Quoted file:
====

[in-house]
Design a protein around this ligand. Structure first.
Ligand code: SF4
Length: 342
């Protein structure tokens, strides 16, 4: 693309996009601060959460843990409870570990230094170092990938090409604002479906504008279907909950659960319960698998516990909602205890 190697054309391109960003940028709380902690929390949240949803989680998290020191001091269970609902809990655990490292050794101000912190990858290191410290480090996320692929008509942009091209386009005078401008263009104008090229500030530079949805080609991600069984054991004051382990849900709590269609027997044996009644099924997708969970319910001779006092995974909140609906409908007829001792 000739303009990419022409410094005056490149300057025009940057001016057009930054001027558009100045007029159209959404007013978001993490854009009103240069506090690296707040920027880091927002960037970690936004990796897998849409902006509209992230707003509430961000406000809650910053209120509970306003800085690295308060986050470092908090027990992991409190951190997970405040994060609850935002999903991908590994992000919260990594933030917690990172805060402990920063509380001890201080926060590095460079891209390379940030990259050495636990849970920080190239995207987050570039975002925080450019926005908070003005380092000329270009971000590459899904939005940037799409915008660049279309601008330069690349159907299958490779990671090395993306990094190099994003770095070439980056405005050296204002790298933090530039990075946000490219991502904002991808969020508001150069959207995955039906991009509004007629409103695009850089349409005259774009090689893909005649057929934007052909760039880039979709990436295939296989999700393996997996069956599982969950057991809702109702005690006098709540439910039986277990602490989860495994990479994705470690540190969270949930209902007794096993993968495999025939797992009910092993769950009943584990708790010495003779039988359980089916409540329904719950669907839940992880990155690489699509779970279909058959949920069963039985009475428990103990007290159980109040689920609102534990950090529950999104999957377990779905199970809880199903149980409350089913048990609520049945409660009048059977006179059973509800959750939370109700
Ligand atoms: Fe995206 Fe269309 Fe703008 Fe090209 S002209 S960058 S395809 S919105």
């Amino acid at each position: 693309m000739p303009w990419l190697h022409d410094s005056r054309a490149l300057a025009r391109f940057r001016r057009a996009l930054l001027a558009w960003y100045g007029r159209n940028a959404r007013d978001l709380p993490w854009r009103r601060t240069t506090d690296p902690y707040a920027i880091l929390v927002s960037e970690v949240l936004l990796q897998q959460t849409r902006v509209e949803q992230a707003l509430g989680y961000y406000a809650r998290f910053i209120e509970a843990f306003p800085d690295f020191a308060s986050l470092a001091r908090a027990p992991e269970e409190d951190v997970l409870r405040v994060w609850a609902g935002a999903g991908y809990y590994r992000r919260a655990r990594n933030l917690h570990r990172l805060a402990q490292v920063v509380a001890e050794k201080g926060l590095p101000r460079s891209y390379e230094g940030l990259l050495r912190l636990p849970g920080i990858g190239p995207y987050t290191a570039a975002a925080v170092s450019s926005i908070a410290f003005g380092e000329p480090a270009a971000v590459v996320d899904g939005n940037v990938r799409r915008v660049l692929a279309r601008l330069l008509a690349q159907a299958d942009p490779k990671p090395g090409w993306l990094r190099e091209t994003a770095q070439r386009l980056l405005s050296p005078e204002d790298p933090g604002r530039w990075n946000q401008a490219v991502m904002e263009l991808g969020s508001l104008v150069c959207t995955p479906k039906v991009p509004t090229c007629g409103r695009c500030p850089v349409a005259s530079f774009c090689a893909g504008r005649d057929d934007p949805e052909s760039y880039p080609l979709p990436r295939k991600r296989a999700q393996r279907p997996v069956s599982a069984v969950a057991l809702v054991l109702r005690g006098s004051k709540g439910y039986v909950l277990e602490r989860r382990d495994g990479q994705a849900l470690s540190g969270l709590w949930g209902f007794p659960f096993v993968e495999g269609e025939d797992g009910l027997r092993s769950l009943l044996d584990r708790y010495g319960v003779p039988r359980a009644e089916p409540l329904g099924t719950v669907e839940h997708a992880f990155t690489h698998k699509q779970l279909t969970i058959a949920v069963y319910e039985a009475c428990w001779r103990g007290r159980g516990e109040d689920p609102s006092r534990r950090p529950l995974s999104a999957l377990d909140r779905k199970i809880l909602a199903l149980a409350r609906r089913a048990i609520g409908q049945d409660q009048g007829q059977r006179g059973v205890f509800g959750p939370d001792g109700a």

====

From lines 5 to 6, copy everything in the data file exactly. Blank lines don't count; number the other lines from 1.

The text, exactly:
């Protein structure tokens, strides 16, 4: 693309996009601060959460843990409870570990230094170092990938090409604002479906504008279907909950659960319960698998516990909602205890 190697054309391109960003940028709380902690929390949240949803989680998290020191001091269970609902809990655990490292050794101000912190990858290191410290480090996320692929008509942009091209386009005078401008263009104008090229500030530079949805080609991600069984054991004051382990849900709590269609027997044996009644099924997708969970319910001779006092995974909140609906409908007829001792 000739303009990419022409410094005056490149300057025009940057001016057009930054001027558009100045007029159209959404007013978001993490854009009103240069506090690296707040920027880091927002960037970690936004990796897998849409902006509209992230707003509430961000406000809650910053209120509970306003800085690295308060986050470092908090027990992991409190951190997970405040994060609850935002999903991908590994992000919260990594933030917690990172805060402990920063509380001890201080926060590095460079891209390379940030990259050495636990849970920080190239995207987050570039975002925080450019926005908070003005380092000329270009971000590459899904939005940037799409915008660049279309601008330069690349159907299958490779990671090395993306990094190099994003770095070439980056405005050296204002790298933090530039990075946000490219991502904002991808969020508001150069959207995955039906991009509004007629409103695009850089349409005259774009090689893909005649057929934007052909760039880039979709990436295939296989999700393996997996069956599982969950057991809702109702005690006098709540439910039986277990602490989860495994990479994705470690540190969270949930209902007794096993993968495999025939797992009910092993769950009943584990708790010495003779039988359980089916409540329904719950669907839940992880990155690489699509779970279909058959949920069963039985009475428990103990007290159980109040689920609102534990950090529950999104999957377990779905199970809880199903149980409350089913048990609520049945409660009048059977006179059973509800959750939370109700
Ligand atoms: Fe995206 Fe269309 Fe703008 Fe090209 S002209 S960058 S395809 S919105």